Your toddler cries
as soon as she sees you starting to leave !
He/she hates to say goodbye because you won’t be seen around.
What’s going on?
The first sign of this major developmental milestone
will be an anxious reaction to unfamiliar people. As your pre-schooler begins
to realise, that you are not there by his side, the anxiety steps in and peaks with
the duration of 10 – 18 months. Separation anxiety is a common developmental
phase which triggers the development of two common fears: a fear of strangers
and a fear of being separated from you. This happens mostly when parents are
the only caregivers and children tend to trust only on the caregivers. Hence goodbyes
tend to confuse and upset them.
Having a few coping strategies can help the
child overcome the anxiety. Following are some tips that can help you prepare
your child for separation?
introduce her/him to new situations and people. This will minimise her/his
reactions and acclimatise to new places or people and may eventually give her
an assurance her that this is normal.
your baby knows that she/he has other caregivers. Give her/him time to play or
talk with the caregiver and get comfortable. Babies who are used to having
other caregivers get over separation anxiety faster when they enter the
preschool or kindergarten stage or are admitted into a new playschool.
goodbyes lighter and quicker. Don’t prolong goodbyes or resort to sneaking out.
It’s best to let your child know you’re going and that you’ll be back soon.
a trial. If you’re leaving your toddler in a day care centre/playschool or plan
to leave with a caregiver, first try out for an hour or so. As your baby becomes familiar with the place
and the people, you can extend the timing. Eventually, your child will get used
to it and will remember that you return after you leave.
thumb rule is don’t linger or turn-around to get a quick look while you are leaving.
Also, once you leave the baby, don’t go back again to check her/him. This will
only make it harder on her/him. You can just call and check if she/he is
your promises. It's important that you don’t make false promises. When you have
promised to return, follow through it. This is how your child will develop
confidence and cope with the separation. This also helps kid develop coping skills and
begins to learn the fundamental of what is once committed needs to be followed
is everything. Don’t start a day care when the separation anxiety is at its peak
i.e. between the age of 8 months to 1 year. And never force the child to go to
someone if she doesn't want to. When you do this, child's stranger anxiety will
evolve into full-fledged separation anxiety. Let her make acquaintances at her
stranger anxiety can be a good sign that you and your child have a healthy
attachment, which is essential for emotional development.
To understand this phenomena better listen to Oi
Playschool’s Expert talk by clicking here: http://bit.ly/2dz14qS
of reading start with the first book a baby hears. Reading to toddlers sets the
foundation for later independent reading and gives them the very necessary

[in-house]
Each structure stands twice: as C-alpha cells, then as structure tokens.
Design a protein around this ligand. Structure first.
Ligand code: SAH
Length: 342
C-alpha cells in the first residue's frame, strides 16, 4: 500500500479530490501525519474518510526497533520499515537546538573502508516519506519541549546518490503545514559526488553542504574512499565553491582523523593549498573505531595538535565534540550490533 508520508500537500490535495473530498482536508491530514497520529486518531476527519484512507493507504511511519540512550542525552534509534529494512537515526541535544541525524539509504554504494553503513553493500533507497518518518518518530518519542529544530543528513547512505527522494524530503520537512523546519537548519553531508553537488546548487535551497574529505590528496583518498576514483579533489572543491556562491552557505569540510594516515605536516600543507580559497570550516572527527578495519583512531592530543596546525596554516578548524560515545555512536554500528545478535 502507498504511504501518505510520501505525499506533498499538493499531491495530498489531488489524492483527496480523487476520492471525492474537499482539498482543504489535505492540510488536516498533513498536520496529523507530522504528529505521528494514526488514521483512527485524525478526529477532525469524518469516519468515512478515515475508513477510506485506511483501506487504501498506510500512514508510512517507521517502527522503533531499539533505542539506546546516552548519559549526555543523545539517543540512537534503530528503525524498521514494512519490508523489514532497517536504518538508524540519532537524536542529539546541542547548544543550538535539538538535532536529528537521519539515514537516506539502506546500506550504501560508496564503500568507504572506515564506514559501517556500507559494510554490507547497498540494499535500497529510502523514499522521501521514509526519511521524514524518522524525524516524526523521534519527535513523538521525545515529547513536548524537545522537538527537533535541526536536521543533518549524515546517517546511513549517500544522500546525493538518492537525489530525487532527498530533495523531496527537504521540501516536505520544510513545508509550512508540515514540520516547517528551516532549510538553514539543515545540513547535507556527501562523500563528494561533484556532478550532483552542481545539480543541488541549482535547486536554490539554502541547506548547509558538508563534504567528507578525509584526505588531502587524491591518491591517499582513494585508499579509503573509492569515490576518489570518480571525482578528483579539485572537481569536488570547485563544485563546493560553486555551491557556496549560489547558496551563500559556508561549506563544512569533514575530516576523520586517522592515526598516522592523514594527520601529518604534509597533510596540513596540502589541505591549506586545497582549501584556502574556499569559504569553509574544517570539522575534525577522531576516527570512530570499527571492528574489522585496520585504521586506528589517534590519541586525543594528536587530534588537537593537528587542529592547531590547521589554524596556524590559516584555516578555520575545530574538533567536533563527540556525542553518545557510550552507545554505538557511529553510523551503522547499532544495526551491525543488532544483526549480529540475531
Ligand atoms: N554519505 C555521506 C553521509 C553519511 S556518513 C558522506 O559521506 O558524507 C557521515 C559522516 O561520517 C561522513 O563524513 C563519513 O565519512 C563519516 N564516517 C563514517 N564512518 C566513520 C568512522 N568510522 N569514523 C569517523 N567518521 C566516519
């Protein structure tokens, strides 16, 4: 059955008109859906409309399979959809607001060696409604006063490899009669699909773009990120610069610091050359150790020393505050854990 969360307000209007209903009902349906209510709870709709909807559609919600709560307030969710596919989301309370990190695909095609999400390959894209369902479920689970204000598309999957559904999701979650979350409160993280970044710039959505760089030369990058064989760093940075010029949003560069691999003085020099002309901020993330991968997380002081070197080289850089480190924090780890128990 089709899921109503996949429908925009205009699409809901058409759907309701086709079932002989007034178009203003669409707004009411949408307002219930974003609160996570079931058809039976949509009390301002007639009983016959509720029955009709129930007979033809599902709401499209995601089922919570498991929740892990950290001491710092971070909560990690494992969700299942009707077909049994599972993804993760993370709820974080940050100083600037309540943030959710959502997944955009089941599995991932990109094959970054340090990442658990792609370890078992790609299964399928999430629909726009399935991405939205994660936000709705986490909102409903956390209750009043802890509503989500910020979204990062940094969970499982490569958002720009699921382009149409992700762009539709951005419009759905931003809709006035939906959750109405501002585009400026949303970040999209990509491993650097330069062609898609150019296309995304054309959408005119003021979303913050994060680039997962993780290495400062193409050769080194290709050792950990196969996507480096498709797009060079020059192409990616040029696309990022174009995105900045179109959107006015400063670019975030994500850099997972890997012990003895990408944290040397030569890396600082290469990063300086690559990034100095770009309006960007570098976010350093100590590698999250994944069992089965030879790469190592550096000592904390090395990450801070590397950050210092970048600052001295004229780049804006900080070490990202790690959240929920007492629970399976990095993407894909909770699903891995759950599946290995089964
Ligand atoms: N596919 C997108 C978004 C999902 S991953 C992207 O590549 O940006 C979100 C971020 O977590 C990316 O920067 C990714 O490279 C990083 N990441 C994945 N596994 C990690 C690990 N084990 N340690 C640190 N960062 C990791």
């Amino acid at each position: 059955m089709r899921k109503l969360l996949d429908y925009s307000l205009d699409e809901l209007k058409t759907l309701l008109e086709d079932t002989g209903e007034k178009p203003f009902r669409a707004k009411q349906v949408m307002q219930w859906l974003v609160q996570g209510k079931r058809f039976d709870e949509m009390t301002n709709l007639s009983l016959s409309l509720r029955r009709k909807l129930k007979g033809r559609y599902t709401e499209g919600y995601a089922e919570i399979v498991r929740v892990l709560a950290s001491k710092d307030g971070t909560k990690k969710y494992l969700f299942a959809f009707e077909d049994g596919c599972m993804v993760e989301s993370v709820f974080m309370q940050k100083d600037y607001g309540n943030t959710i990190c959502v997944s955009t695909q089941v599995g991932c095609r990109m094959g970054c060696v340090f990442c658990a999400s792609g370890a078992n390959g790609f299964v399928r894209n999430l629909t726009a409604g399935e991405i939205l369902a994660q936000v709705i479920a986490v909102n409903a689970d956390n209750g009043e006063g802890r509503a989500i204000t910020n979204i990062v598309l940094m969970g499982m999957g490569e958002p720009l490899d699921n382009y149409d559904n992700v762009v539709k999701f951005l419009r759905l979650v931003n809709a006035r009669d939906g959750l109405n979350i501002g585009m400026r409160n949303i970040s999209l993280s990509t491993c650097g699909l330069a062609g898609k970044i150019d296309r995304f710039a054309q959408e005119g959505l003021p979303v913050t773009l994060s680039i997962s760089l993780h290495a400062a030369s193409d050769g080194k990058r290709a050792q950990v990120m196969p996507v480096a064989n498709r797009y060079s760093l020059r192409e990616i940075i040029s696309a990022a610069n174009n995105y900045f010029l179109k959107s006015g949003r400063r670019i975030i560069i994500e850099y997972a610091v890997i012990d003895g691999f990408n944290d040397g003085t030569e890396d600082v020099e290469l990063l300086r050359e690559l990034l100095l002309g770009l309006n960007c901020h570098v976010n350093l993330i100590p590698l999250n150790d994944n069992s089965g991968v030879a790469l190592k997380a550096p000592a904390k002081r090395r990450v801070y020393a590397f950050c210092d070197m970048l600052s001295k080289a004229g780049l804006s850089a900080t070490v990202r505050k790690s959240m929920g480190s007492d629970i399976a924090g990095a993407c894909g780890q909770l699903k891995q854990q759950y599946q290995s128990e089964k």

emergent literacy skills they need. Exposure to reading right from the toddler
or preschool-age prevents most reading problems.
Here are the advantages your child can
receive by being exposed to reading:
- Academic excellence - Numerous studies have shown that
students who are exposed to reading before preschool are more likely to do well
in all stages of education.
- Speech - Kids, who read often, gain a hone on
reading skills. After all, practice makes you perfect!
- Better communication - It gives a large vocabulary of words
and an insight of how to use them. The child will also develop phonemic
awareness and letter identification.
- Brain stimulation - Reading strengthens brain connections
by actually building network of new words.
- Basics of how to read a book - Children not just learn new words as
they read but also unconsciously absorb information about how to structure
sentences and how to use words and language effectively.
- Fundamentals of literacy - Reading introduces concepts such as
numbers, letters, colours, and shapes in a fun way. As the child approaches
school age, he/she will have a better grasp of concepts.
- Acclimatisation to new experiences - Reading a story dealing with a topic relating
to the child’s experience shows him that it’s under norms and familiarises him
to the know-hows.
- Imagination - Reading lets the brain translate the
descriptions we read of people, places and things into pictures. This
imagination can greatly influence the child’s development.
- Emotional development - Read to your child with expression, by
changing the pitch of your voice higher or lower where it's appropriate or
using different voices for different characters. When you do this, your child hears you using
many different emotions and expressive sounds, which fosters social and
- Cognitive skills - When you read stop once in a while
and invite your baby to look, point, touch on the pictures or text.
Simultaneously ask questions or make comments on the pictures (‘’Look what a
cute kitty. What colour is her dress?’’) - All of this promotes social development
and thinking skills.
- Show that reading is fun- Use rhymes, sounds and actions so
your baby gets connected and starts imitating sounds, recognizing pictures, and
learning words. Help them view books as an indulgence so at a later stage they
don’t take reading as a chore.
Read every day!
Note - Books for babies should have simple, repetitive text and